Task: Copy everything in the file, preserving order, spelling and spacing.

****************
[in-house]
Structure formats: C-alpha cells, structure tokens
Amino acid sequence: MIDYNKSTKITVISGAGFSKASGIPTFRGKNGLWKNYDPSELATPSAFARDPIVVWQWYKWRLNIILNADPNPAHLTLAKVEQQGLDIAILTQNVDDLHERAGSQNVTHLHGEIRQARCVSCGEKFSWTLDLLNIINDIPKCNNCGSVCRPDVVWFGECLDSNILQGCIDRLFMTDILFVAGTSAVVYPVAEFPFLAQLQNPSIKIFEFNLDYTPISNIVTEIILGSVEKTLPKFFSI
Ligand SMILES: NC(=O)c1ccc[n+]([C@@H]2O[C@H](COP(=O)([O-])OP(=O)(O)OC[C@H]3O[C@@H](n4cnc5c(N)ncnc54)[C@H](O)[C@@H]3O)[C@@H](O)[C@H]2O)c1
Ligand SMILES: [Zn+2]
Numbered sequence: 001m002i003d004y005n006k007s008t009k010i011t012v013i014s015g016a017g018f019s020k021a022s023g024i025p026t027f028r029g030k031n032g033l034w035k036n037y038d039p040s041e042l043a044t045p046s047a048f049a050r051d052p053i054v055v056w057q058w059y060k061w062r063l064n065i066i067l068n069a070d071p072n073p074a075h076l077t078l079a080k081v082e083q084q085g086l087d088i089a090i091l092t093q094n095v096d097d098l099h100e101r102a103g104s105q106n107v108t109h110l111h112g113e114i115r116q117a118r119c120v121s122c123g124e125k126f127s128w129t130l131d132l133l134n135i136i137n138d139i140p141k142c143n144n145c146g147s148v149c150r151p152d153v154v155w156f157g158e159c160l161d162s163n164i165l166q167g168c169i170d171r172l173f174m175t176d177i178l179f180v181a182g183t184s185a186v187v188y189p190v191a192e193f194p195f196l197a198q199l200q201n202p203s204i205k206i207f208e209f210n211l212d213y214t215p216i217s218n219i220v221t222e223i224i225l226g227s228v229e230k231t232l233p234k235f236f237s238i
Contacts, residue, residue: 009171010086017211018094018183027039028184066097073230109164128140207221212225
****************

[in-house]
Structure formats: C-alpha cells, structure tokens
Amino acid sequence: MIDYNKSTKITVISGAGFSKASGIPTFRGKNGLWKNYDPSELATPSAFARDPIVVWQWYKWRLNIILNADPNPAHLTLAKVEQQGLDIAILTQNVDDLHERAGSQNVTHLHGEIRQARCVSCGEKFSWTLDLLNIINDIPKCNNCGSVCRPDVVWFGECLDSNILQGCIDRLFMTDILFVAGTSAVVYPVAEFPFLAQLQNPSIKIFEFNLDYTPISNIVTEIILGSVEKTLPKFFSI
Ligand SMILES: NC(=O)c1ccc[n+]([C@@H]2O[C@H](COP(=O)([O-])OP(=O)(O)OC[C@H]3O[C@@H](n4cnc5c(N)ncnc54)[C@H](O)[C@@H]3O)[C@@H](O)[C@H]2O)c1
Ligand SMILES: [Zn+2]
Numbered sequence: 001m002i003d004y005n006k007s008t009k010i011t012v013i014s015g016a017g018f019s020k021a022s023g024i025p026t027f028r029g030k031n032g033l034w035k036n037y038d039p040s041e042l043a044t045p046s047a048f049a050r051d052p053i054v055v056w057q058w059y060k061w062r063l064n065i066i067l068n069a070d071p072n073p074a075h076l077t078l079a080k081v082e083q084q085g086l087d088i089a090i091l092t093q094n095v096d097d098l099h100e101r102a103g104s105q106n107v108t109h110l111h112g113e114i115r116q117a118r119c120v121s122c123g124e125k126f127s128w129t130l131d132l133l134n135i136i137n138d139i140p141k142c143n144n145c146g147s148v149c150r151p152d153v154v155w156f157g158e159c160l161d162s163n164i165l166q167g168c169i170d171r172l173f174m175t176d177i178l179f180v181a182g183t184s185a186v187v188y189p190v191a192e193f194p195f196l197a198q199l200q201n202p203s204i205k206i207f208e209f210n211l212d213y214t215p216i217s218n219i220v221t222e223i224i225l226g227s228v229e230k231t232l233p234k235f236f237s238i
Contacts, residue, residue: 009171010086017211018094018183027039028184066097073230109164128140207221212225